Having failed in his initial effort to achieve a coup de main against Ukraine and his subsequent campaign to occupy territory in the east and south of that country, Russian president Vladimir Putin has figured out a way of winning by appearing to lose. His recent moves, announcing a partial mobilization and undertaking referenda in the occupied territories on their joining Russia, are precursors to the use of nuclear weapons against Ukraine.
If Ukrainian troops, armed with an array of Western weapons, continue their counteroffensive, they will pose a threat to the Russian homeland in the form of its newly acquired territories. Putin will respond by doing what he has repeatedly warned he would do: employ nuclear weapons. Whether such a use is against a target in Ukraine or just a demonstration shot, the effects would be the same. Such a move would undoubtedly undermine Western support for Kyiv, given that the United States and NATO are virtually certain not to respond in kind. It could also lead to the collapse of the NATO alliance. In essence, Putin might win by losing.
Western leaders and defense experts had long mulled over the possibility that in the event its conventional campaign against Ukraine failed, Moscow would resort to the use of nuclear weapons. That possibility has now become a virtual certainty. Putin has doubled down on a conventional war that he cannot win if the current correlation of forces is maintained. The West is beginning an industrial and military expansion that will further tip the strategic balance against Russia. Russia has already had to seek help from the weakest of allies—Iran and North Korea. Partial mobilization will not provide the Russian army with the means to reverse the situation on the battlefield and will exacerbate opposition to Putin at home.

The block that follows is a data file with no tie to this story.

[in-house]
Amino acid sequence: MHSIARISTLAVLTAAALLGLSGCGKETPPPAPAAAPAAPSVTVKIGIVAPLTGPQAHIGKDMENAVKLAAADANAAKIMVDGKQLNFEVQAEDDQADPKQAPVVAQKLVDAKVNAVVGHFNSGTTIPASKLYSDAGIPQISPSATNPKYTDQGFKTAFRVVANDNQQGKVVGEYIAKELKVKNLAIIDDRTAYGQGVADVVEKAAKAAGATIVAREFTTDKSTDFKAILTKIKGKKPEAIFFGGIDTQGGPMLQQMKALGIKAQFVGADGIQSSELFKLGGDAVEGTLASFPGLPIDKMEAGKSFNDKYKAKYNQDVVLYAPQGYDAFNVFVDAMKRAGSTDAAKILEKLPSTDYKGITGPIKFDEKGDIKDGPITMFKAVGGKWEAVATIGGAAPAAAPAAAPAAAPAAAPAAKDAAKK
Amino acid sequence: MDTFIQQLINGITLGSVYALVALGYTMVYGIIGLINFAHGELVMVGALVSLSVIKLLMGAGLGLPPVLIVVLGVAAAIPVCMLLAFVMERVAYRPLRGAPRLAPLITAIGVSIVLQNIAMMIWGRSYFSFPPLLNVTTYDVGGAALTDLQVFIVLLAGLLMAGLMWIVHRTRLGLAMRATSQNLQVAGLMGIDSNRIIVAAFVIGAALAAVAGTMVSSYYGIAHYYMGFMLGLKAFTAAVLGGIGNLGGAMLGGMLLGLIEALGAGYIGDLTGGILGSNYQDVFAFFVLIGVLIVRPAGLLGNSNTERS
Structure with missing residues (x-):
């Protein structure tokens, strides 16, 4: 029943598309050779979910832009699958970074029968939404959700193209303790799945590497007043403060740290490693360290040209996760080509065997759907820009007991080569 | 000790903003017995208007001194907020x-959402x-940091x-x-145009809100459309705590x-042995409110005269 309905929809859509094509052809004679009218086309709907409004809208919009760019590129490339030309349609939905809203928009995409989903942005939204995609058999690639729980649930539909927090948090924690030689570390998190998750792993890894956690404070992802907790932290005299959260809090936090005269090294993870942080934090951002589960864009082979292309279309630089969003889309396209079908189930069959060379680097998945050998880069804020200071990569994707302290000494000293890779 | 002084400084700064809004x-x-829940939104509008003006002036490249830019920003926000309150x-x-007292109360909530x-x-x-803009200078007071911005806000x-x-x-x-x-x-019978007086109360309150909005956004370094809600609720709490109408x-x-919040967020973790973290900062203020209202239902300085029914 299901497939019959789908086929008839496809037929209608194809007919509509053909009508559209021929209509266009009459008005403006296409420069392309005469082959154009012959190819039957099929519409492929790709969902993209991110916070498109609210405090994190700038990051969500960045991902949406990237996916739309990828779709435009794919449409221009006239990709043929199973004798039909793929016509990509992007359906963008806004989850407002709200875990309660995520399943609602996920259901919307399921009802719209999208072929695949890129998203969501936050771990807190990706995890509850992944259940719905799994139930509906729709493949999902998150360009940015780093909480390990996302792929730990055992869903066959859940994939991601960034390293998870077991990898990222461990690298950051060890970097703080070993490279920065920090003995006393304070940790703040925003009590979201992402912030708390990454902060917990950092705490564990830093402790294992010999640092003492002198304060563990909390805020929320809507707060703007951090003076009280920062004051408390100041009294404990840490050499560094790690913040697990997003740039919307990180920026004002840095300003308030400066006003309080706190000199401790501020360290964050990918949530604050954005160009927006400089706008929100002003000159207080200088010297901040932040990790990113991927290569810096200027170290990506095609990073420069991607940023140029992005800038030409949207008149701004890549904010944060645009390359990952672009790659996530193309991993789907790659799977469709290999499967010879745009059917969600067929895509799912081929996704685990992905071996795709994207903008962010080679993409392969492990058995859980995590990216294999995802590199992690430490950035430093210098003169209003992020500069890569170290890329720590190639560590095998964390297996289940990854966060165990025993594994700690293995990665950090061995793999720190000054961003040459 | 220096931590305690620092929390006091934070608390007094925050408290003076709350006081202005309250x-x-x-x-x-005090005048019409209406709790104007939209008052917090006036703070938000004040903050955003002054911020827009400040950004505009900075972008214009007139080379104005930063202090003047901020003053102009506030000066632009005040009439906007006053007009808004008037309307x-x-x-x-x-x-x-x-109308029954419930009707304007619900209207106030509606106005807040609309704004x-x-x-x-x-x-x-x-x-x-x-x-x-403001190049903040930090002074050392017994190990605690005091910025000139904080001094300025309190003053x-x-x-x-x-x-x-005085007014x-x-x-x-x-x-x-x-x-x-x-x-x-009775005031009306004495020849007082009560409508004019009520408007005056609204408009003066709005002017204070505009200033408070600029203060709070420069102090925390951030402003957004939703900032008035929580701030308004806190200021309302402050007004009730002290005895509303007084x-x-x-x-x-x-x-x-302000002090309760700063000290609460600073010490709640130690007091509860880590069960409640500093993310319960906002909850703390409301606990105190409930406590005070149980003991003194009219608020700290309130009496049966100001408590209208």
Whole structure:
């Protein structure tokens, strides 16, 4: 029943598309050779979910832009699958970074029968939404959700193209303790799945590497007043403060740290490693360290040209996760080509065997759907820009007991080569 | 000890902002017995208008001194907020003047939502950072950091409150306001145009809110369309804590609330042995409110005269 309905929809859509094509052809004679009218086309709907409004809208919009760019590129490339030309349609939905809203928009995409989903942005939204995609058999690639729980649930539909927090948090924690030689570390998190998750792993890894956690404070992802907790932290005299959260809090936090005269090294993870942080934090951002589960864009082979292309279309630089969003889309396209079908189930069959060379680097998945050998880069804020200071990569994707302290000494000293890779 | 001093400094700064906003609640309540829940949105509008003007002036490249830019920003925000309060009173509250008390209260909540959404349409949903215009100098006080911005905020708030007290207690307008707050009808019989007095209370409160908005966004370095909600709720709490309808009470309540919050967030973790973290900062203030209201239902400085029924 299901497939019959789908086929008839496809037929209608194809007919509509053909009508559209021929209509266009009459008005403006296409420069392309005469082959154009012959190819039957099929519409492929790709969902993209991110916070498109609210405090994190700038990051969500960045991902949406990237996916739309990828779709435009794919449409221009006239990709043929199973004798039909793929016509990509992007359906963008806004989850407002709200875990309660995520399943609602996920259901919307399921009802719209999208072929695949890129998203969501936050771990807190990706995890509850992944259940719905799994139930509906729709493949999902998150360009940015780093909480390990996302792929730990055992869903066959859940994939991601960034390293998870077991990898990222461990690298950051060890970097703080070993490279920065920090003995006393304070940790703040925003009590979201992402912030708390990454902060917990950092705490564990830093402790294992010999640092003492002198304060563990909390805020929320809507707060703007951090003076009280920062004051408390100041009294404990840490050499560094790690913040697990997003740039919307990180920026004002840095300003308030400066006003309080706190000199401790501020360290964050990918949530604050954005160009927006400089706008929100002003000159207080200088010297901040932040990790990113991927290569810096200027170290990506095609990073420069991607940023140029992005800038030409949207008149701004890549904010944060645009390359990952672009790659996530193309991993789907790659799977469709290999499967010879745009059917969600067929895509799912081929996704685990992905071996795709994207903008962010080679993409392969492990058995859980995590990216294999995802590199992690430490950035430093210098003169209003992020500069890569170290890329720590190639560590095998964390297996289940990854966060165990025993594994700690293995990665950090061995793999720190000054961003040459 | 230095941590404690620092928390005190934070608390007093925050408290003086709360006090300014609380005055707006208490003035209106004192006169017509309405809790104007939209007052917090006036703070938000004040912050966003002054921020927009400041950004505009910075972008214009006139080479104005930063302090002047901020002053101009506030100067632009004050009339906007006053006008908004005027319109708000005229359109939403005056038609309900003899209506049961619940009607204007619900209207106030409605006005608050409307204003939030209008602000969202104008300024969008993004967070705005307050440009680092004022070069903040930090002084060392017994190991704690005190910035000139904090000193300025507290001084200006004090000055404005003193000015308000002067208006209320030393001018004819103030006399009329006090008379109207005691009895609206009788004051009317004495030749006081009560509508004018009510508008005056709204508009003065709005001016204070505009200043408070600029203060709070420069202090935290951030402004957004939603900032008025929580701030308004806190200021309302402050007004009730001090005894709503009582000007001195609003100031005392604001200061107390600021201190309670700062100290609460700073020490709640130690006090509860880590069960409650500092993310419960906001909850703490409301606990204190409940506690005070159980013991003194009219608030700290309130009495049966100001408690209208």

But by escalating, Putin can achieve victory both abroad and at home.
Russian nuclear doctrine explicitly states that if conventional aggression against Russia threatens the existence of the nation, this would justify the use of nuclear weapons. The definition of how far a conventional attack would have to proceed in order to cross this threshold has never been clear. Putin framed such an existential threat in his speech announcing partial mobilization. He reiterated his claim that the West’s goal in supporting Ukraine is to destroy Russia and threaten all Russian people. Putin made it clear that it is permissible for Moscow to employ nuclear weapons in order to protect the nation’s territorial integrity which would now include the seized portions of Ukraine:
I would like to remind those who make such statements regarding Russia that our country has different types of weapons as well, and some of them are more modern than the weapons NATO countries have. In the event of a threat to the territorial integrity of our country and to defend Russia and our people, we will certainly make use of all weapon systems available to us. This is not a bluff.
The citizens of Russia can rest assured that the territorial integrity of our Motherland, our independence and freedom will be defended—I repeat—by all the systems available to us. Those who are using nuclear blackmail against us should know that the weathervane can turn around.